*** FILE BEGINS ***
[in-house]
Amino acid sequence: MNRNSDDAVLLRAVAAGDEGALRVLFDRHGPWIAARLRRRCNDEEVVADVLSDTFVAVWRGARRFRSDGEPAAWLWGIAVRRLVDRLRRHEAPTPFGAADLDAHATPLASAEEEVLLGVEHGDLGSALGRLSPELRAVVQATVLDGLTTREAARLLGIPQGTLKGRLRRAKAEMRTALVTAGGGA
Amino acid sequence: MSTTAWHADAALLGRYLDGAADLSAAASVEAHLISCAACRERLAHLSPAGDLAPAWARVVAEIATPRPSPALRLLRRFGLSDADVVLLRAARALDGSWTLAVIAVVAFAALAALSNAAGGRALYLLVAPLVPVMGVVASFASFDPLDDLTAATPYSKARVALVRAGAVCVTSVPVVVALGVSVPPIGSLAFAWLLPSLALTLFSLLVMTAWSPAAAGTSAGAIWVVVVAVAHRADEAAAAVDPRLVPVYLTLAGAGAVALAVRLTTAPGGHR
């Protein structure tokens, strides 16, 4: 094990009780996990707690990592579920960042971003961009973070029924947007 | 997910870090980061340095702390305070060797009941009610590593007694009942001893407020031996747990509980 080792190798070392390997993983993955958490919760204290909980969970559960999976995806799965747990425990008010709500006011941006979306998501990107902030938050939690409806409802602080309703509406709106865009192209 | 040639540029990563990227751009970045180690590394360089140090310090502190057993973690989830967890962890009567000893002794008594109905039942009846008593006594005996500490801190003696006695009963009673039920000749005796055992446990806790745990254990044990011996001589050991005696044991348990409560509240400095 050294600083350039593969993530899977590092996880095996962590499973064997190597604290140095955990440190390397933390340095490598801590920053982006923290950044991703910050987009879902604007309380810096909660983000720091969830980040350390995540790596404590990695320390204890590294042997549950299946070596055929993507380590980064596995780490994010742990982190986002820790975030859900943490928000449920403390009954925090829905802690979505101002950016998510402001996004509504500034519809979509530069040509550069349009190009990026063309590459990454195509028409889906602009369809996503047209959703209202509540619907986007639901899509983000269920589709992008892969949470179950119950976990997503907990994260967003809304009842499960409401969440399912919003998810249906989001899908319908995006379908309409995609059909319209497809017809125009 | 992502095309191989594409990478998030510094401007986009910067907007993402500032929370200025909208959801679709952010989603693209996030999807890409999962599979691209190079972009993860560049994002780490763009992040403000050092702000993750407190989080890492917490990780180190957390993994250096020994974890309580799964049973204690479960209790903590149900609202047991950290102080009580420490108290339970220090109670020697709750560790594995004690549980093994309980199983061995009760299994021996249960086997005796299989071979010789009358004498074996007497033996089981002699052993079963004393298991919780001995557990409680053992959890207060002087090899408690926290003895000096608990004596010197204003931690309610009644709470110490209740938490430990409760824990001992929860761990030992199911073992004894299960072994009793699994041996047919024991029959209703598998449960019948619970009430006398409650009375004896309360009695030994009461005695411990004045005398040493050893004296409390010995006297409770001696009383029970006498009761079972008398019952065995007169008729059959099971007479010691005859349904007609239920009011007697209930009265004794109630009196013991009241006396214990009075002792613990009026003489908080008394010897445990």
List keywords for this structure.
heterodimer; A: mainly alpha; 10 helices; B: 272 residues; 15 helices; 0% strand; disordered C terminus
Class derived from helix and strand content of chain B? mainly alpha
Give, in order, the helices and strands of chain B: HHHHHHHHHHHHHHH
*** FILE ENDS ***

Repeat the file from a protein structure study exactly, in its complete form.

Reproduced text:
[in-house]
Amino acid sequence: MNRNSDDAVLLRAVAAGDEGALRVLFDRHGPWIAARLRRRCNDEEVVADVLSDTFVAVWRGARRFRSDGEPAAWLWGIAVRRLVDRLRRHEAPTPFGAADLDAHATPLASAEEEVLLGVEHGDLGSALGRLSPELRAVVQATVLDGLTTREAARLLGIPQGTLKGRLRRAKAEMRTALVTAGGGA
Amino acid sequence: MSTTAWHADAALLGRYLDGAADLSAAASVEAHLISCAACRERLAHLSPAGDLAPAWARVVAEIATPRPSPALRLLRRFGLSDADVVLLRAARALDGSWTLAVIAVVAFAALAALSNAAGGRALYLLVAPLVPVMGVVASFASFDPLDDLTAATPYSKARVALVRAGAVCVTSVPVVVALGVSVPPIGSLAFAWLLPSLALTLFSLLVMTAWSPAAAGTSAGAIWVVVVAVAHRADEAAAAVDPRLVPVYLTLAGAGAVALAVRLTTAPGGHR
């Protein structure tokens, strides 16, 4: 094990009780996990707690990592579920960042971003961009973070029924947007 | 997910870090980061340095702390305070060797009941009610590593007694009942001893407020031996747990509980 080792190798070392390997993983993955958490919760204290909980969970559960999976995806799965747990425990008010709500006011941006979306998501990107902030938050939690409806409802602080309703509406709106865009192209 | 040639540029990563990227751009970045180690590394360089140090310090502190057993973690989830967890962890009567000893002794008594109905039942009846008593006594005996500490801190003696006695009963009673039920000749005796055992446990806790745990254990044990011996001589050991005696044991348990409560509240400095 050294600083350039593969993530899977590092996880095996962590499973064997190597604290140095955990440190390397933390340095490598801590920053982006923290950044991703910050987009879902604007309380810096909660983000720091969830980040350390995540790596404590990695320390204890590294042997549950299946070596055929993507380590980064596995780490994010742990982190986002820790975030859900943490928000449920403390009954925090829905802690979505101002950016998510402001996004509504500034519809979509530069040509550069349009190009990026063309590459990454195509028409889906602009369809996503047209959703209202509540619907986007639901899509983000269920589709992008892969949470179950119950976990997503907990994260967003809304009842499960409401969440399912919003998810249906989001899908319908995006379908309409995609059909319209497809017809125009 | 992502095309191989594409990478998030510094401007986009910067907007993402500032929370200025909208959801679709952010989603693209996030999807890409999962599979691209190079972009993860560049994002780490763009992040403000050092702000993750407190989080890492917490990780180190957390993994250096020994974890309580799964049973204690479960209790903590149900609202047991950290102080009580420490108290339970220090109670020697709750560790594995004690549980093994309980199983061995009760299994021996249960086997005796299989071979010789009358004498074996007497033996089981002699052993079963004393298991919780001995557990409680053992959890207060002087090899408690926290003895000096608990004596010197204003931690309610009644709470110490209740938490430990409760824990001992929860761990030992199911073992004894299960072994009793699994041996047919024991029959209703598998449960019948619970009430006398409650009375004896309360009695030994009461005695411990004045005398040493050893004296409390010995006297409770001696009383029970006498009761079972008398019952065995007169008729059959099971007479010691005859349904007609239920009011007697209930009265004794109630009196013991009241006396214990009075002792613990009026003489908080008394010897445990």
List keywords for this structure.
heterodimer; A: mainly alpha; 10 helices; B: 272 residues; 15 helices; 0% strand; disordered C terminus
Class derived from helix and strand content of chain B? mainly alpha
Give, in order, the helices and strands of chain B: HHHHHHHHHHHHHHH